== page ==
Genetics of Antimicrobial Resistance
Office of Research, Center for Veterinary Medicine, U.S. Food and Drug Administration, Laurel, Maryland 20708, USA. Animal Biotechnology
(Impact Factor: 0.76).
02/2006; 17(2):111-24. DOI: 10.1080/10495390600957092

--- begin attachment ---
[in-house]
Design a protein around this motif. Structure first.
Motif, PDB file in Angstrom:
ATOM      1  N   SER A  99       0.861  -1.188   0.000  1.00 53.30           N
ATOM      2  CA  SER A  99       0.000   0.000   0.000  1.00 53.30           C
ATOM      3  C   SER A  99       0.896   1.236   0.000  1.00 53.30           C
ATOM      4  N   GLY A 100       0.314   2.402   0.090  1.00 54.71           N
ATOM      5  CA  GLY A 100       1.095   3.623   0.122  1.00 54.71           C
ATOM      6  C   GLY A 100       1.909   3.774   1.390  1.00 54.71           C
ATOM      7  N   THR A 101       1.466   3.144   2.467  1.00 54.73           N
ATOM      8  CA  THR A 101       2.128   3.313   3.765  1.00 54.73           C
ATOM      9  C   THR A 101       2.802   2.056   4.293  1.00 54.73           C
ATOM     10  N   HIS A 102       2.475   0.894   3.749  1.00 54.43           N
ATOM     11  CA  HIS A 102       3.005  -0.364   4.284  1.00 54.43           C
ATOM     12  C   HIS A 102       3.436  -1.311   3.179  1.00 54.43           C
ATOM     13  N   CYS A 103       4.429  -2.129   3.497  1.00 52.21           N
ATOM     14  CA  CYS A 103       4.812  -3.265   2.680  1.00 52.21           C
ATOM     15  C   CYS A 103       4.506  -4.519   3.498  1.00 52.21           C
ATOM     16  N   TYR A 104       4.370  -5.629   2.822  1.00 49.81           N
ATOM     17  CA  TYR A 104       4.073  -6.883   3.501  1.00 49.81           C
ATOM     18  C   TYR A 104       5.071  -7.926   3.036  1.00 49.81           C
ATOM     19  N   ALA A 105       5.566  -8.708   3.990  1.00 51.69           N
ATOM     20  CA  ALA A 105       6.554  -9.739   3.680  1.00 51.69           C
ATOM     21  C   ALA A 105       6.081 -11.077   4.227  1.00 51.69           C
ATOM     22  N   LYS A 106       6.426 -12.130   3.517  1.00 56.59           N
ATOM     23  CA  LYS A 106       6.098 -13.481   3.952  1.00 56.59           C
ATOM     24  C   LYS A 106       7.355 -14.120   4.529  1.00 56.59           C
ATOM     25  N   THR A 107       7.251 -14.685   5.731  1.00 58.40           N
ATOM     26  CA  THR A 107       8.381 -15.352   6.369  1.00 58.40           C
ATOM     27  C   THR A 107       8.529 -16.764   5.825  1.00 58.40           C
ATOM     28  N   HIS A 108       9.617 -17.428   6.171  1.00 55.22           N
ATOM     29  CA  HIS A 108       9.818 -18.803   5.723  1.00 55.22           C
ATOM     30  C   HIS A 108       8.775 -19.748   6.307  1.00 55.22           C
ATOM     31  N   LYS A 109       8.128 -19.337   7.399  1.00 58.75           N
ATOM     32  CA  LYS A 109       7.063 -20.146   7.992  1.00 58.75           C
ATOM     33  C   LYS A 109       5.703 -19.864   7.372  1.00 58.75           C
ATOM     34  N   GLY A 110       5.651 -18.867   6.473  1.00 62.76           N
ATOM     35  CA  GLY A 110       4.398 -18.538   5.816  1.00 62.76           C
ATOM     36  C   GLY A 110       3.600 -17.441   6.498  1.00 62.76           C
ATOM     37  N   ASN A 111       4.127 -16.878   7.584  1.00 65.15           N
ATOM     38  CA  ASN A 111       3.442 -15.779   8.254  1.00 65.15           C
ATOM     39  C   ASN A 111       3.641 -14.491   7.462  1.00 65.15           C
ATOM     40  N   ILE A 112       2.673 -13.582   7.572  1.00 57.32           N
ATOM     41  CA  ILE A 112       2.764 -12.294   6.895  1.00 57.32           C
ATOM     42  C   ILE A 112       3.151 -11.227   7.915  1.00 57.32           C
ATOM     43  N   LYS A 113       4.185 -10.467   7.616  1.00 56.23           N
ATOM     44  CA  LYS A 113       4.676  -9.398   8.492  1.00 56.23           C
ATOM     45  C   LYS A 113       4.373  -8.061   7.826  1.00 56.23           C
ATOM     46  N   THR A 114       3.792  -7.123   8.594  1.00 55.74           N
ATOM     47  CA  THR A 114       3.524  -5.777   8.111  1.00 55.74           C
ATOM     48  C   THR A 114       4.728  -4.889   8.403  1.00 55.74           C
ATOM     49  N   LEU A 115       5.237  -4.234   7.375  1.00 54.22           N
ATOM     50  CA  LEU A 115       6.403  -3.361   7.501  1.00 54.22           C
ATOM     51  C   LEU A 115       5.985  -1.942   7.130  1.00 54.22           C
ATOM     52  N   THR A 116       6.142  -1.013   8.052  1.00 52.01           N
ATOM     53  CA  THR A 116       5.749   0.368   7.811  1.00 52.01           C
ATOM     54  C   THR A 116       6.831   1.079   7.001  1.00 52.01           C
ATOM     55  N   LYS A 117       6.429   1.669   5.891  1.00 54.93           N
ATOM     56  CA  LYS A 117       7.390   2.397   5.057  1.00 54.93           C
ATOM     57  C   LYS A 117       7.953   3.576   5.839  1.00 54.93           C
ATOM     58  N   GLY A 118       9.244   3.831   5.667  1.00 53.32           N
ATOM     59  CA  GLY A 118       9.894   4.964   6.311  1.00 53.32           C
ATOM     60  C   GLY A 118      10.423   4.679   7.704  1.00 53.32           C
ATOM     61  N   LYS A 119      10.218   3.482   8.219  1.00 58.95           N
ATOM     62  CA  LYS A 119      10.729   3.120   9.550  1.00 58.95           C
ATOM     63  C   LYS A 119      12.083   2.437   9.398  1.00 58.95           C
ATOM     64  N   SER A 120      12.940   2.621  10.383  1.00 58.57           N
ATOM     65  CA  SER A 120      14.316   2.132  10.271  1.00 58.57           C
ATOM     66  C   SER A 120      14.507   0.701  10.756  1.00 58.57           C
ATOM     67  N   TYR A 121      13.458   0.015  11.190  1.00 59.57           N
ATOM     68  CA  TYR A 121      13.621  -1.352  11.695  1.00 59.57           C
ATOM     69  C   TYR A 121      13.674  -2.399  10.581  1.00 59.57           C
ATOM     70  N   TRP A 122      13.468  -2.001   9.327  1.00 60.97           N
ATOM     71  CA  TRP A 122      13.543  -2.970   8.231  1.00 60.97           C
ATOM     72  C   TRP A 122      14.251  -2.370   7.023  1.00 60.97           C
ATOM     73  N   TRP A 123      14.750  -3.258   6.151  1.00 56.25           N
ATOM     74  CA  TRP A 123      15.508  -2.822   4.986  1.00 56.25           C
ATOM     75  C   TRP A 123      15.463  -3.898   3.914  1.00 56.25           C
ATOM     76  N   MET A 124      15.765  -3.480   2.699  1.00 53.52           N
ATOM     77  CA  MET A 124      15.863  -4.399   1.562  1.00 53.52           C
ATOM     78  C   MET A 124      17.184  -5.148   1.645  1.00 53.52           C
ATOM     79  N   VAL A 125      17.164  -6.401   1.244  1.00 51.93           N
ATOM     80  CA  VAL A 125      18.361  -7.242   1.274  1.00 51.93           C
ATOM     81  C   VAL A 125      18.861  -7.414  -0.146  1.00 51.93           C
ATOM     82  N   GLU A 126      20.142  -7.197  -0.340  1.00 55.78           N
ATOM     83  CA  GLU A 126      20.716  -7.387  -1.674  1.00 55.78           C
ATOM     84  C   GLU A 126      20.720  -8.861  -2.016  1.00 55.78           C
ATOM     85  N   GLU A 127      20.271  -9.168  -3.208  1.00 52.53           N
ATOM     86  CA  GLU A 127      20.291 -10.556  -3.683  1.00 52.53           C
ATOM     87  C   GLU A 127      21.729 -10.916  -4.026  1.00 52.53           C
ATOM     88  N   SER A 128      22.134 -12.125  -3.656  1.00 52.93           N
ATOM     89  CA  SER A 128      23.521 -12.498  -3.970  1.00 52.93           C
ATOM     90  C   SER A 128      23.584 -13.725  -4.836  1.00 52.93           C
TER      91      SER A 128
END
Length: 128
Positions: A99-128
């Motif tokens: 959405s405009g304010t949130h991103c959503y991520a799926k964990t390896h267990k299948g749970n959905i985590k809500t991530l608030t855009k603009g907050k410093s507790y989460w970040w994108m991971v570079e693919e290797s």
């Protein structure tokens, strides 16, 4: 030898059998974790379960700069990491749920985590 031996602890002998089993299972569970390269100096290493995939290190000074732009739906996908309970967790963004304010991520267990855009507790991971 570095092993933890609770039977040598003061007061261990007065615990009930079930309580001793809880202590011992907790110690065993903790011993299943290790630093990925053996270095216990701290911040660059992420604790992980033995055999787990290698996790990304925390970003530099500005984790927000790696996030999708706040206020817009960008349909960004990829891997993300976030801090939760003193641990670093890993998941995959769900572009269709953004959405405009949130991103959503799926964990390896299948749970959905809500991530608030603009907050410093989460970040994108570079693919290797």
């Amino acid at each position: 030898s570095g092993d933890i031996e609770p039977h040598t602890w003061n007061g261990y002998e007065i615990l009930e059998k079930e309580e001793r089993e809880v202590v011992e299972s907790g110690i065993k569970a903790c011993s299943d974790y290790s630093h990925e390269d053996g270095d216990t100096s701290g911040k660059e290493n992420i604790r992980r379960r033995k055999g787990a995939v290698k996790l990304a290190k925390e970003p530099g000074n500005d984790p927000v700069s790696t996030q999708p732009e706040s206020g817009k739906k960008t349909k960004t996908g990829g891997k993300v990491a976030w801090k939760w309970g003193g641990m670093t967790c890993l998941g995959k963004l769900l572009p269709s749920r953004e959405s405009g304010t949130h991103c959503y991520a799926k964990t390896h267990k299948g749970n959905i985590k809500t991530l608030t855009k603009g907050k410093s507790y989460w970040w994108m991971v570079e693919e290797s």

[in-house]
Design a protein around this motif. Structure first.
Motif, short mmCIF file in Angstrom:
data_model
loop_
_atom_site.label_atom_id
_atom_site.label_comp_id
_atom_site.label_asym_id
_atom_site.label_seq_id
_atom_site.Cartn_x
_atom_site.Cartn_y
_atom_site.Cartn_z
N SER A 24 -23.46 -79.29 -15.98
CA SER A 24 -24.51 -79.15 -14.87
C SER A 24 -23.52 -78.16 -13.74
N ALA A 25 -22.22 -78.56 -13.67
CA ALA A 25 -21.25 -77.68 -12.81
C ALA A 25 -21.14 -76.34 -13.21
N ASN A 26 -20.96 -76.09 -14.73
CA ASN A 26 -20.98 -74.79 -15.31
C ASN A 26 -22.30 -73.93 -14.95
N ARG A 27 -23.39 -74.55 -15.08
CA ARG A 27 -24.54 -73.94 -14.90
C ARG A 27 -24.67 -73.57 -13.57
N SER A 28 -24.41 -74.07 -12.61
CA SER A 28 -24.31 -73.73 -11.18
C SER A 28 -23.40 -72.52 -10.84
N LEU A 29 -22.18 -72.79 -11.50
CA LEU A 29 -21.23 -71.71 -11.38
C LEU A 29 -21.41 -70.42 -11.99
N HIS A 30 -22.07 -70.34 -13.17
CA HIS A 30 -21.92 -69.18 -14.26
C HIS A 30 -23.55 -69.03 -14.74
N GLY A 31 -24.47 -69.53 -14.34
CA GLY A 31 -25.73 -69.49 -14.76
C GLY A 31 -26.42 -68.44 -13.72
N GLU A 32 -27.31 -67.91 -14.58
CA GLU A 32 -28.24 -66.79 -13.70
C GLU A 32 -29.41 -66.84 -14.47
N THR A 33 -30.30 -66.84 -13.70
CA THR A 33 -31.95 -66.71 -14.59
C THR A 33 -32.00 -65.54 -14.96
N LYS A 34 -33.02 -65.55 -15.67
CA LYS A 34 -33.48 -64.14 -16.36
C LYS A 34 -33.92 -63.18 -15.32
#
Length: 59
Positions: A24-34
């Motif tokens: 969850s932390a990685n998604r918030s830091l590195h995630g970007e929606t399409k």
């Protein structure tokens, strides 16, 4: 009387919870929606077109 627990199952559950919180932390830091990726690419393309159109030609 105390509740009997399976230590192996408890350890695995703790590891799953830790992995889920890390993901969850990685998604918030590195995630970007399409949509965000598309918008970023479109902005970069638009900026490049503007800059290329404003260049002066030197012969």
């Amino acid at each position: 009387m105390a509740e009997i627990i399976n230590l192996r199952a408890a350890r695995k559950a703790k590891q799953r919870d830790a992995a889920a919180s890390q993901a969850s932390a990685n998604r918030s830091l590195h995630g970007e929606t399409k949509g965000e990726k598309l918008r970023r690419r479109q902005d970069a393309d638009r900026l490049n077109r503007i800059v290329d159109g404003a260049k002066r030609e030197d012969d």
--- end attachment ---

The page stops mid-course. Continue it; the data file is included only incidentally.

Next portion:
Antimicrobial resistant strains of bacteria are an increasing threat to animal and human health. Resistance mechanisms to circumvent the toxic action of antimicrobials have been identified and described for all known antimicrobials currently available for clinical use in human and veterinary medicine. Acquired bacterial antibiotic resistance can result from the mutation of normal cellular genes, the acquisition of foreign resistance genes, or a combination of these two mechanisms. The most common resistance mechanisms employed by bacteria include enzymatic degradation or alteration of the antimicrobial, mutation in the antimicrobial target site, decreased cell wall permeability to antimicrobials, and active efflux of the antimicrobial across the cell membrane. The spread of mobile genetic elements such as plasmids, transposons, and integrons has greatly contributed to the rapid dissemination of antimicrobial resistance among several bacterial genera of human and veterinary importance. Antimicrobial resistance genes have been shown to accumulate on mobile elements, leading to a situation where multidrug resistance phenotypes can be transferred to a susceptible recipient via a single genetic event. The increasing prevalence of antimicrobial resistant bacterial pathogens has severe implications for the future treatment and prevention of infectious diseases in both animals and humans. The versatility with which bacteria adapt to their environment and exchange DNA between different genera highlights the need to implement effective antimicrobial stewardship and infection control programs in both human and veterinary medicine.
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